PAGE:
The notion that trade surpluses are a measure of a country’s economic prowess dates back centuries. In 16th-century Europe, “mercantilists” from England to Venice sought to accumulate gold by promoting exports and discouraging imports. Their intellectual heirs today think trade surpluses boost national welfare, employment and economic growth, while deficits do the opposite.

The preoccupation with surpluses is based on dubious arithmetic: since one country’s exports are another’s imports, it is impossible for all countries to be net exporters. It also overlooks a more fundamental point about trade. The main benefit from trade is imports – foreigners sending the fruits of their labour for us to enjoy, allowing us to focus on what we do best. Working to produce exports is the price we pay to enjoy these benefits.

A better goal is to reduce the export effort needed to obtain a given quantity of imports. Economists call this “enhancing the terms of trade”. This makes intuitive sense in our own lives: you run a surplus with your employer in order to run deficits with your local grocery store, your daughter’s football league and your favourite restaurant. Now imagine if you could run those same deficits while spending only half as much time at the office.

Adam Smith recognized in 1776 that the true wealth of a nation was not the gold and silver in its coffers, but the productivity of its labour force. “Nothing can be more absurd than this whole doctrine of the balance of trade,” he wrote. Fast-forward to the present day, and his warning is once again going unheeded by policy-makers. Erecting protectionist barriers is unlikely to create jobs and prosperity, for two reasons.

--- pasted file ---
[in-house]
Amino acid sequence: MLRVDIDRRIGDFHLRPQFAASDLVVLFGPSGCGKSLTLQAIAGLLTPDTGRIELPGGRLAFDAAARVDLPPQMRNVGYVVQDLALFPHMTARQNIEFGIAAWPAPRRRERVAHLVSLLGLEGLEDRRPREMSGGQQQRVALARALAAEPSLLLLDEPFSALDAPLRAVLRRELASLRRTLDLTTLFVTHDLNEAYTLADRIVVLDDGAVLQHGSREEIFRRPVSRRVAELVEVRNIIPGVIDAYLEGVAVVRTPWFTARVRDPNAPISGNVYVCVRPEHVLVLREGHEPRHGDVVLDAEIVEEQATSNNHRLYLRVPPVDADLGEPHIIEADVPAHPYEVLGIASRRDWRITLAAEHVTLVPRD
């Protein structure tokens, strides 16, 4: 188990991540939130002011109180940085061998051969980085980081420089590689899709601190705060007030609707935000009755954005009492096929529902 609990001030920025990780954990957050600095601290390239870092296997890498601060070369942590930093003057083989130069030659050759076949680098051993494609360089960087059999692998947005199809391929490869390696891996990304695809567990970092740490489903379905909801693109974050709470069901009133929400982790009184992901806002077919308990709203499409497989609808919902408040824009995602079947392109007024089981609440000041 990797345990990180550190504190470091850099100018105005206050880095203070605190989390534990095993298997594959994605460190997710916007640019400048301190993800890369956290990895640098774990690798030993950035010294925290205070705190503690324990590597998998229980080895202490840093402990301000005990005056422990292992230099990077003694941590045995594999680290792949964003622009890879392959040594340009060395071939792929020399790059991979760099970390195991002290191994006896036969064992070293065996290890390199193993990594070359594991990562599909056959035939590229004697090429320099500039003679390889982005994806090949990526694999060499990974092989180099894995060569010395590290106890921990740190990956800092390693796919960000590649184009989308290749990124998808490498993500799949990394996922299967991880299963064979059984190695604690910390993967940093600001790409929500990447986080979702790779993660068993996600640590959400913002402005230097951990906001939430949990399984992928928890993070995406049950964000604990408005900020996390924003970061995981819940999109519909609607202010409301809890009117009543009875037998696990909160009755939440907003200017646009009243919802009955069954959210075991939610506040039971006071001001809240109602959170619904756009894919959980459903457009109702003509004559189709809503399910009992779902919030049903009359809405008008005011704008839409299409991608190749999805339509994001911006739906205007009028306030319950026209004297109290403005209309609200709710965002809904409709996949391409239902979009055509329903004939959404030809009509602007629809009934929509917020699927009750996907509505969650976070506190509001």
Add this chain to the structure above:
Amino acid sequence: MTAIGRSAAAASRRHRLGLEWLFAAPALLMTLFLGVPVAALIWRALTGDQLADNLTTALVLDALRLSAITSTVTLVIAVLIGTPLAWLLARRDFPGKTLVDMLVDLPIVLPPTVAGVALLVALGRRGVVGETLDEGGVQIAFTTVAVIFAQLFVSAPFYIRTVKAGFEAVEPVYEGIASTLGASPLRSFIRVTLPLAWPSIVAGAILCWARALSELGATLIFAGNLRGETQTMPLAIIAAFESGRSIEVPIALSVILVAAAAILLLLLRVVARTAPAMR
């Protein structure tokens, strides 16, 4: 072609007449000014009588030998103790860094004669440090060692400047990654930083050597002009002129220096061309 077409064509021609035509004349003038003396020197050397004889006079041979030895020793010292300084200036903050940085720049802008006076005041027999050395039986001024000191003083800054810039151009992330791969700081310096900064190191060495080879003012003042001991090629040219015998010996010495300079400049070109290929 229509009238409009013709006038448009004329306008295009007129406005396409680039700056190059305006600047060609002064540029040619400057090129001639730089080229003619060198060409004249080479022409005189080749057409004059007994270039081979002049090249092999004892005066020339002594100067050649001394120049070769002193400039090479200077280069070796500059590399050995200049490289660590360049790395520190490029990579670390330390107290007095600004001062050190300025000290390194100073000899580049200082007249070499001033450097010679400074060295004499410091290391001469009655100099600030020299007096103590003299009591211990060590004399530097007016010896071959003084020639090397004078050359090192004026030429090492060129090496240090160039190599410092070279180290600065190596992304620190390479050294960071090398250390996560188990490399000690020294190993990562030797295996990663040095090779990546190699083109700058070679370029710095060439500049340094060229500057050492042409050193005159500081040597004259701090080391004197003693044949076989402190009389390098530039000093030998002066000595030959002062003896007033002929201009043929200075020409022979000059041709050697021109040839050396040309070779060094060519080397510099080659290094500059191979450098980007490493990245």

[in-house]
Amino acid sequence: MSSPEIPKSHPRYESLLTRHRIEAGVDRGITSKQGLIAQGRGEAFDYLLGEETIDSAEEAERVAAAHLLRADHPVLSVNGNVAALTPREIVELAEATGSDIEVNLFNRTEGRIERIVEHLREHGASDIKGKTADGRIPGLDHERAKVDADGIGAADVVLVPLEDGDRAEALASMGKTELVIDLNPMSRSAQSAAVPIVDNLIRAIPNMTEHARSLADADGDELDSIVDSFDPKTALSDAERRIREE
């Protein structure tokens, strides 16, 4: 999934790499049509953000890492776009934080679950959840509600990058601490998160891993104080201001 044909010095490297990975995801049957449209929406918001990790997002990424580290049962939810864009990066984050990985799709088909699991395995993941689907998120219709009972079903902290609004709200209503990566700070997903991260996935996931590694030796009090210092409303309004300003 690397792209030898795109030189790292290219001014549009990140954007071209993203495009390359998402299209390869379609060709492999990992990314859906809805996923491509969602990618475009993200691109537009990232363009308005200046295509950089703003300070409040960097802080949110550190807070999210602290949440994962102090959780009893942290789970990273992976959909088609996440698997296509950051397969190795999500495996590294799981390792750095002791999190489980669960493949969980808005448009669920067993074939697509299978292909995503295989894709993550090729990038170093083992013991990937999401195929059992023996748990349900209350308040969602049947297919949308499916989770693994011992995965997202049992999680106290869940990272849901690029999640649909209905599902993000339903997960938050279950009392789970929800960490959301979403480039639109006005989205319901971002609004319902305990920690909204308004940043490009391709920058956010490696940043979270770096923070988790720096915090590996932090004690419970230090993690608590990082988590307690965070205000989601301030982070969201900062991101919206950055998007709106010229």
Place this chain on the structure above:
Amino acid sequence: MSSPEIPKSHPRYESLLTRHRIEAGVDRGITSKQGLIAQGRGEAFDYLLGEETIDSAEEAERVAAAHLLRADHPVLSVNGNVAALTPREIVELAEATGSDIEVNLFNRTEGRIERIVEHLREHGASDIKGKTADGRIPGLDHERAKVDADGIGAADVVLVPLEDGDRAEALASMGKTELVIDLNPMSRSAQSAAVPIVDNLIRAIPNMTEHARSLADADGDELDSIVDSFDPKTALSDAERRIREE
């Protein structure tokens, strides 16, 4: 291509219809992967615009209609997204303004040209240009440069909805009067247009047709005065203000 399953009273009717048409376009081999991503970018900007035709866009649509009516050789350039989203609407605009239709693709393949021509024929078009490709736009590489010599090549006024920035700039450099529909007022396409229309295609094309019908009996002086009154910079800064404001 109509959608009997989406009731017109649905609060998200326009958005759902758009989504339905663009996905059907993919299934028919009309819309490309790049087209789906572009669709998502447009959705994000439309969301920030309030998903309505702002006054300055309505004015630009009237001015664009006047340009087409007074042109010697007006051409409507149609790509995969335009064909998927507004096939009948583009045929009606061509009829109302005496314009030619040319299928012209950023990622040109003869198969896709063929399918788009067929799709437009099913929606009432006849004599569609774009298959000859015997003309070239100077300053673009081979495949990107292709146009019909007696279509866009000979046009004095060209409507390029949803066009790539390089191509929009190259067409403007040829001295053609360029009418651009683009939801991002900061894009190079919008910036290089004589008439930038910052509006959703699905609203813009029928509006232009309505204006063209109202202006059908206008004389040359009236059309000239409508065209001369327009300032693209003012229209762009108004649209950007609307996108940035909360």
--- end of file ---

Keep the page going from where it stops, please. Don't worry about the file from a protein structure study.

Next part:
Three ways of looking at the US trade deficit with China (as % of GDP)
Three ways of looking at the US trade deficit with China (as % of GDP)
Image: Oxford Economics

First, current measures of trade on the basis of flows give a distorted view of bilateral trade balances, since they fail to account for components imported to make exported goods. Given the fragmentation of production across multi-country value chains, a far better gauge of a country’s trade performance is how much value it adds to inputs. Focusing exclusively on goods exacerbates the misperceptions since it excludes trade in services, which typically accounts for more than two-thirds of output in advanced economies.

Second, there is no straightforward relationship between a country’s trade balance and its economic health or labour-market dynamics. For example, US job creation since the 1990s has been fastest during periods when imports were growing rapidly. The trade balance narrowed dramatically in 2009 – mainly because GDP growth and job creation were plummeting due to the financial crisis, shrinking demand for imported goods and services. Germany has big trade surpluses rather than deficits, but manufacturing’s share of total employment there has been declining at more or less the same pace as in the US.

Percentage of employment in manufacturing in the US and Germany
Manufacturing jobs in the US and Germany
Image: US Bureau of Labor Statistics

Third, a country’s trade surplus or deficit is shaped less by the content of its trade agreements – tariff levels, quotas, regulatory rules and so on – than by the balance between domestic saving and investment within its own economy. Take the European Union: the entire bloc has exactly the same trade policy. Yet its member states perform very differently.